1. Even worse for New Zealanders. You can’t even go back and do 2 years in your country. But you could go back and spend 6 months every year there and take a holiday in France. But that puts you in the second home owner category…. no way around it unless you leave France completely and stay in NZ, or Malta or 6 other very small countries where there is an agreement with NZ.

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Pension reform, investment, new jobs – Macron unveils France’s post-Covid recovery plan

French President Emmanuel Macron has announced a series of economic measures, looking beyond the pandemic, although the much-anticipated pensions reform will be delayed until Covid is "under control".

Pension reform, investment, new jobs - Macron unveils France's post-Covid recovery plan
A nurse watches Macron's TV address on Monday. Photo: JEAN-FRANCOIS MONIER / AFP.

Obligatory vaccines and the extension of the health pass made the headlines following Macron’s live TV address on Monday evening, but the President also sketched out his vision for France’s post-Covid economy.

Some of the measures he announced represent a return to the priorities he set at the beginning of his tenure, while others have been shaped by the pandemic.

Pension reform

There had been much speculation about a return of controversial plans to reform France’s retirement system, which were shelved at the start of the pandemic.

Macron confirmed that he planned to raise the retirement age – most people can currently retire at 62, but a number of ministers have been pushing to raise the legal minimum to 64.

READ ALSO France to tackle fourth Covid wave with stricter border controls, health passports and compulsory vaccines

“Because we are living longer, we will have to work longer, and retire later,” Macron said. “Not tomorrow, not brutally, and not in a uniform way because we will take the difficulty of a job into consideration.”

The government will begin consultations with workers and employers in September, but “will not undertake the reform so long as the epidemic is not under control and the recovery guaranteed,” Macron said.

This could mean his plans are not implemented before the presidential election in April 2022.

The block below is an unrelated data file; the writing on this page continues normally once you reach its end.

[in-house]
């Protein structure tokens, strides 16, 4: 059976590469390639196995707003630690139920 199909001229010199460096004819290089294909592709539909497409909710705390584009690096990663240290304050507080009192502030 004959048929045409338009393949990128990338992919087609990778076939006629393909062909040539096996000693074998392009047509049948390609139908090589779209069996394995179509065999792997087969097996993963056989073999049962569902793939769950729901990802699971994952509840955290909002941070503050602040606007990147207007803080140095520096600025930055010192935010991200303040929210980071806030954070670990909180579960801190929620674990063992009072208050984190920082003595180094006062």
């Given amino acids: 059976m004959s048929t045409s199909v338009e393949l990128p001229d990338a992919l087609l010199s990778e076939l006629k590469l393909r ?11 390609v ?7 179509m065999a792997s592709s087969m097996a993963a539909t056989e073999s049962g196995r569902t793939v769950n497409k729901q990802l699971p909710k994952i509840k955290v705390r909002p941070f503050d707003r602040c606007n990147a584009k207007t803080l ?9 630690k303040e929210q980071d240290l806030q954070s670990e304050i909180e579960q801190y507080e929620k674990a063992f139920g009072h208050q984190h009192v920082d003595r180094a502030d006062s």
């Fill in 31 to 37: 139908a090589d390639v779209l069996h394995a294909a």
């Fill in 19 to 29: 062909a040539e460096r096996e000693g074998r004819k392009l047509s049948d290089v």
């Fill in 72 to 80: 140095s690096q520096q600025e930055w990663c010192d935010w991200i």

Macron also returned to a controversial point from the 2019 reform plan which lead to widespread protests: the abolition of the country’s 42 different pension regimes, which currently mean many public-sector workers can retire early. Under the new plans, these special regimes will be abolished for new employees, but people currently employed can keep the generous exceptions.

EXPLAINED: What are France’s special pension regimes?

The plan also includes a minimum pension of €1,000 per month after a full career. “A life of work must offer a dignified pension,” Macron said.

Unemployment reform

Changes to unemployment benefits will be “fully implemented” on October 1st. The reform was supposed to come into effect on July 1st, but in June, France’s Council of State decided to suspend certain elements regarding the way benefits are calculated.

“Uncertainties around the economic situation do not allow for implementing, at this moment, these new rules which are meant to support job stability by making benefits less attractive for workers alternating between short contracts and inactivity,” that decision stated.

“In France, you must earn a better living by working than by staying at home, which is currently not always the case,” Macron said on Tuesday.

From September, the government will also launch “a massive plan for the training and retraining of the long-term unemployed”.

“We have seen during this crisis the strength of our social model,” Macron said. “It’s a jewel we need to preserve. This social model rests on one foundation: work.”

Investment plan

During his address, Macron also emphasised the importance of economic sovereignty, and said an investment plan would be unveiled in the autumn following consultations this summer. The objective is “to build the France of 2030”, and to “reindustrialise, reconcile growth with ecological production”.

“We saw during this crisis the consequences of dependence,” Macron said, calling for French and European independence with regards to technology and primary resources.

Last month, the President announced a series of measures designed to stimulate French innovation in healthcare technology.

Support for young and old

Finally, Macron announced additional support for those who have been hardest hit by the pandemic – young people “who sacrificed so much even though there was little risk for themselves”, and elderly people “who more than others feared for their lives”.

In September, the government will unveil a new revenu d’engagement (commitment-based income) for young people not in education, employment or training. This “will be founded on rights and responsibilities”. This could resemble the garantie jeunes, a monthly benefit for 16 to 25-year-olds not in employment or training, created under François Hollande’s government.

For the older generation, Macron avoided specifics. “We owe them a great humanist ambition for independence, strengthened home care, modernised retirement homes,” he said.